BUILD's Diversity & Social Action Blog Series - Article #2
Juneteenth became a federal holiday in America last year creating a buzz of excitement around the summer. After events inciting social unrest and protests condemning racial violence in the United States, many companies and organizations attempted to fight racism and embrace cultural inclusion by commemorating the holiday. However, many have commented on how this legislation has spurred critical conversations on specifically how we should celebrate the emancipation of African-Americans.
From “Juneteenth” themed ice cream to watermelon salad, some organizations have received backlash from various communities despite their intentions. With proper education and action, companies can limit misguided gestures and cultural appropriation in their practices by investing in DEI efforts that create a solid foundation for racial equity. It all begins with understanding the significance of this holiday and why it is relevant in a society that is still fraught with racism, discrimination and prejudice.
In this blog, discover the lasting impact and history of Juneteenth and learn meaningful ways to celebrate freedom year-round.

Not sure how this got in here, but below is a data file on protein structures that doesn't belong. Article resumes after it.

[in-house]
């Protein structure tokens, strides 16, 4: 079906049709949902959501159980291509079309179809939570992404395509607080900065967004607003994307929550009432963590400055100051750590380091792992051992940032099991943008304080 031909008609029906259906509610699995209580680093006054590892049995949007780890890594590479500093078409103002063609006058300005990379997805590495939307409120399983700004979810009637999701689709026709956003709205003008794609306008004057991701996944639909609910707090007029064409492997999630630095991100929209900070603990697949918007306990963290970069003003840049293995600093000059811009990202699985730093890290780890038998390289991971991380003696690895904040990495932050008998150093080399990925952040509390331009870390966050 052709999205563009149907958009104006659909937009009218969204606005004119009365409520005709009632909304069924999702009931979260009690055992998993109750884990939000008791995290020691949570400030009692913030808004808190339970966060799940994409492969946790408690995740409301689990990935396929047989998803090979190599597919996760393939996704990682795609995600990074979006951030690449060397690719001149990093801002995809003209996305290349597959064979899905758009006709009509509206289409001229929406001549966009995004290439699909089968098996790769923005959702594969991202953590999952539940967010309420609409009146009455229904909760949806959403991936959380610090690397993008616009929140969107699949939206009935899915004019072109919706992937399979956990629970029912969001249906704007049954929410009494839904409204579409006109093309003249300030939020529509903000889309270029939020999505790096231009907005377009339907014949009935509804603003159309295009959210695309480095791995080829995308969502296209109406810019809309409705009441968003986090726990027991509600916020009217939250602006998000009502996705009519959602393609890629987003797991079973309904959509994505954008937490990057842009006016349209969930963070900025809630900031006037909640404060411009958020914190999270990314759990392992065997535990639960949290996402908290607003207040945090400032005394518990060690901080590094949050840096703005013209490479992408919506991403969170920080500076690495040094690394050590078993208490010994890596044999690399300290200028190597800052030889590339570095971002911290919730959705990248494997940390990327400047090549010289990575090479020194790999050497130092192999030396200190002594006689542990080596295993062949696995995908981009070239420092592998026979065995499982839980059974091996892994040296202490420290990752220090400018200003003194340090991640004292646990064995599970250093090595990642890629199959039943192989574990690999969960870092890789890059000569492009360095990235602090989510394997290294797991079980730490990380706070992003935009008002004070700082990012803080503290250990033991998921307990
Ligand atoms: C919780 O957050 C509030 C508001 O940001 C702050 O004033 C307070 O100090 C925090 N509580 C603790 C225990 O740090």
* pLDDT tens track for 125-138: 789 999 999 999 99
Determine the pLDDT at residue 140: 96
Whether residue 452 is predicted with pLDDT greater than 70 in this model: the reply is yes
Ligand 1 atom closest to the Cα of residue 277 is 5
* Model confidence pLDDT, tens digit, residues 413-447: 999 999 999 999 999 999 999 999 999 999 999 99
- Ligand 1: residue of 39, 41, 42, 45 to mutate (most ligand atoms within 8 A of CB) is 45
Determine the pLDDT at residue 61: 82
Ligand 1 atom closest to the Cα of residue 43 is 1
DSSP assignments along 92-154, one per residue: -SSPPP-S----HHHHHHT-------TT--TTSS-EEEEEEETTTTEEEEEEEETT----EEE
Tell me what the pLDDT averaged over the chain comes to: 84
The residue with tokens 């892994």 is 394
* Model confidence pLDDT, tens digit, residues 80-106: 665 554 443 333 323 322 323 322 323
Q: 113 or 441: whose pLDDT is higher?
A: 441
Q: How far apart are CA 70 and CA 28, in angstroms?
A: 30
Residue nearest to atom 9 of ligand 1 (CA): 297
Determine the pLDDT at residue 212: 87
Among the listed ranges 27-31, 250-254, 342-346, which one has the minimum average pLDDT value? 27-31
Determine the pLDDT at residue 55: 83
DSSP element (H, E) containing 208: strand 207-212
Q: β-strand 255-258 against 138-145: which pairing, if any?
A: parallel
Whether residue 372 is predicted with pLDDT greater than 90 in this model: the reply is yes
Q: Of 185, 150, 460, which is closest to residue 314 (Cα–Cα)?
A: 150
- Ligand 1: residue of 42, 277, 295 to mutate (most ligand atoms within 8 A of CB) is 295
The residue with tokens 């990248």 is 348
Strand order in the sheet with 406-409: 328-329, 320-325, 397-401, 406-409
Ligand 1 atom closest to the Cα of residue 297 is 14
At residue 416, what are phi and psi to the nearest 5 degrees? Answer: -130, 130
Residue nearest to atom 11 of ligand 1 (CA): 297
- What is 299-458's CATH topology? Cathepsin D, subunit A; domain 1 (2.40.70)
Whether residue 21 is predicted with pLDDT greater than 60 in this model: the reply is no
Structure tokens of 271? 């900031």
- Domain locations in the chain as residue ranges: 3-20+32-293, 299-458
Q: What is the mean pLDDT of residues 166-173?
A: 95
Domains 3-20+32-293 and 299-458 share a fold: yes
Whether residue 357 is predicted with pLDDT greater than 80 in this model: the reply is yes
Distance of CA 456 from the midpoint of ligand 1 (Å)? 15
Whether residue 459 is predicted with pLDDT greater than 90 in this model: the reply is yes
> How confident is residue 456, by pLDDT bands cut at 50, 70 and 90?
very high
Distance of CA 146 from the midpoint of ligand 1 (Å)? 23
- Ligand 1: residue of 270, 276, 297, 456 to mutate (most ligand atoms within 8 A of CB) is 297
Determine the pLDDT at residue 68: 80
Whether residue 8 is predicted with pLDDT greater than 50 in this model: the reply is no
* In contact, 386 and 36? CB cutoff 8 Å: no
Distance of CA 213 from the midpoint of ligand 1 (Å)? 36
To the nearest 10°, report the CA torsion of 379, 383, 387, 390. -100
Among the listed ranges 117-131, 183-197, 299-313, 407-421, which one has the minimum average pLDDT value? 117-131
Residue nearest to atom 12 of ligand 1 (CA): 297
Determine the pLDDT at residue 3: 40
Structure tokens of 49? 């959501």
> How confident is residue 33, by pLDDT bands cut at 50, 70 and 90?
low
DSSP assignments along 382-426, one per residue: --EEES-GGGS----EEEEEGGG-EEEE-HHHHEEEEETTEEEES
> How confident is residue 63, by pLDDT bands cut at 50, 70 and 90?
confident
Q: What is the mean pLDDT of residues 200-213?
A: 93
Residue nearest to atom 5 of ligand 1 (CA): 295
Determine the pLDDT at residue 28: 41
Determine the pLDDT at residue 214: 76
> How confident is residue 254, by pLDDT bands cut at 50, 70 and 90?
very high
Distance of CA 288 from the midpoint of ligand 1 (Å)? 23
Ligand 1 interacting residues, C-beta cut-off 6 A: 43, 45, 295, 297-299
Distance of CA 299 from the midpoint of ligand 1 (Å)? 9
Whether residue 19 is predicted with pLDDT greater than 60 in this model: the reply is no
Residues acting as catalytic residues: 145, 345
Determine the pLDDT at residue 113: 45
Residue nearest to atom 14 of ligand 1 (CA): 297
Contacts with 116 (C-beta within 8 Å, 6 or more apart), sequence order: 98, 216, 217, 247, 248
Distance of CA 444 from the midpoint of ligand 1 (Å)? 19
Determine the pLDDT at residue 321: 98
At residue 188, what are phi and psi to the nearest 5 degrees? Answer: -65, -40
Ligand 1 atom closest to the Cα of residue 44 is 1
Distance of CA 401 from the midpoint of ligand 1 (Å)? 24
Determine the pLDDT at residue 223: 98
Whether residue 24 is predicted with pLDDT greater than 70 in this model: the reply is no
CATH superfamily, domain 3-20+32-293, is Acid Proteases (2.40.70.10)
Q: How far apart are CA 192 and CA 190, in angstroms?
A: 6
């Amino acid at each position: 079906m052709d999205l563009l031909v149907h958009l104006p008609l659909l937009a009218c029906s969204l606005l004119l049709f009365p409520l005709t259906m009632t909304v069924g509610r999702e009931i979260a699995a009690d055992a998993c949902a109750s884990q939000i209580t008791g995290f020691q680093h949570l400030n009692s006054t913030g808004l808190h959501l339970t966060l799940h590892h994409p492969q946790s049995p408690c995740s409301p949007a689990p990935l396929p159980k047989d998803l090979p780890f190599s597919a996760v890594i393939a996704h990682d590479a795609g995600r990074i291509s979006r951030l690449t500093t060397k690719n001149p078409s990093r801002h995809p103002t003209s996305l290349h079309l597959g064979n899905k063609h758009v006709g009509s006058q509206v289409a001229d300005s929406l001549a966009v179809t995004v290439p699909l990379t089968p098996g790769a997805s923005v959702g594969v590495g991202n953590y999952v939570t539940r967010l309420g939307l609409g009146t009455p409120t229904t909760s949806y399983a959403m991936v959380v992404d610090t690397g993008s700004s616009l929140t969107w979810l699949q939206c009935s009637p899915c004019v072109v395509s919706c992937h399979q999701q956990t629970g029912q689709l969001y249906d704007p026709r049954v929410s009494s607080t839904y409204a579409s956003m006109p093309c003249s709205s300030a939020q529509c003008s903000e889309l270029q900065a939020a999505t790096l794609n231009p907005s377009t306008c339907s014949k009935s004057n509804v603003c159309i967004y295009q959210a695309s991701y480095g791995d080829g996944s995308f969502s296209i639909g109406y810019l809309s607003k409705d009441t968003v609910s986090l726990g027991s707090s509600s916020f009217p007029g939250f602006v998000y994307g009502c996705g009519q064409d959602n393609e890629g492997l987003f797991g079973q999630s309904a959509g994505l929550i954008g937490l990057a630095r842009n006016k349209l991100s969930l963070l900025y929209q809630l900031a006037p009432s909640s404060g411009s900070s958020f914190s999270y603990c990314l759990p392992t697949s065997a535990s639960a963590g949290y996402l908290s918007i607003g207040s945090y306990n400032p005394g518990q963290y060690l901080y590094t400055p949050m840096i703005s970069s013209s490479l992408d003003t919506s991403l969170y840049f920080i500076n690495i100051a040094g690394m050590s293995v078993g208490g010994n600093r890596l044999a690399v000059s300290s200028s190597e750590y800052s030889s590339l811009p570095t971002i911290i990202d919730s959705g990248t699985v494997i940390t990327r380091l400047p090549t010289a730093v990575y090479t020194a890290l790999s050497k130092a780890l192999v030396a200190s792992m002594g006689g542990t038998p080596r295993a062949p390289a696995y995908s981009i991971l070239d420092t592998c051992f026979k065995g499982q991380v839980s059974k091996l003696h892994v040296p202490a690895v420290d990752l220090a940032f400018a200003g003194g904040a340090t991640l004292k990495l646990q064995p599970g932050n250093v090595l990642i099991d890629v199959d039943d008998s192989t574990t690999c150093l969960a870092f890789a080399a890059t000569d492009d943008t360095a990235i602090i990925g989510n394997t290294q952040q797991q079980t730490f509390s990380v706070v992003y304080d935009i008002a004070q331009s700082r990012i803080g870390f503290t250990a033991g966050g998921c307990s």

Why We Celebrate
On June 19, 1865, two years after President Lincoln issued the Emancipation Proclamation freeing almost three million African-Americans across America, Texas residents finally learned that slavery had been abolished. With their newfound and long-awaited emancipation, African-Americans celebrated with prayer, feasts and jubilation.
During the summer of 2020, interest in this holiday was reinvigorated nationwide as protests followed after the unjust police killings of Black Americans including George Floyd and Breonna Taylor. Two years later, our nation is still grappling with extreme loss as incidents of violence against the Black community continue to occur. Juneteenth celebrations resonate in new ways for us as we not only commemorate this day, but recognize, reflect and fight for a more just and equitable society for all.
BUILD Celebrates Freedom
This year, we wanted to share ways that we can continue to uplift our students, educate our community and show our support for racial equity in meaningful ways. We believe that by commemorating this day, we are recognizing and supporting the Black community and our youth from different backgrounds. We hope that the next generation of leaders and changemakers continue to break down the barriers set before them and create a diverse, inclusive society in the future.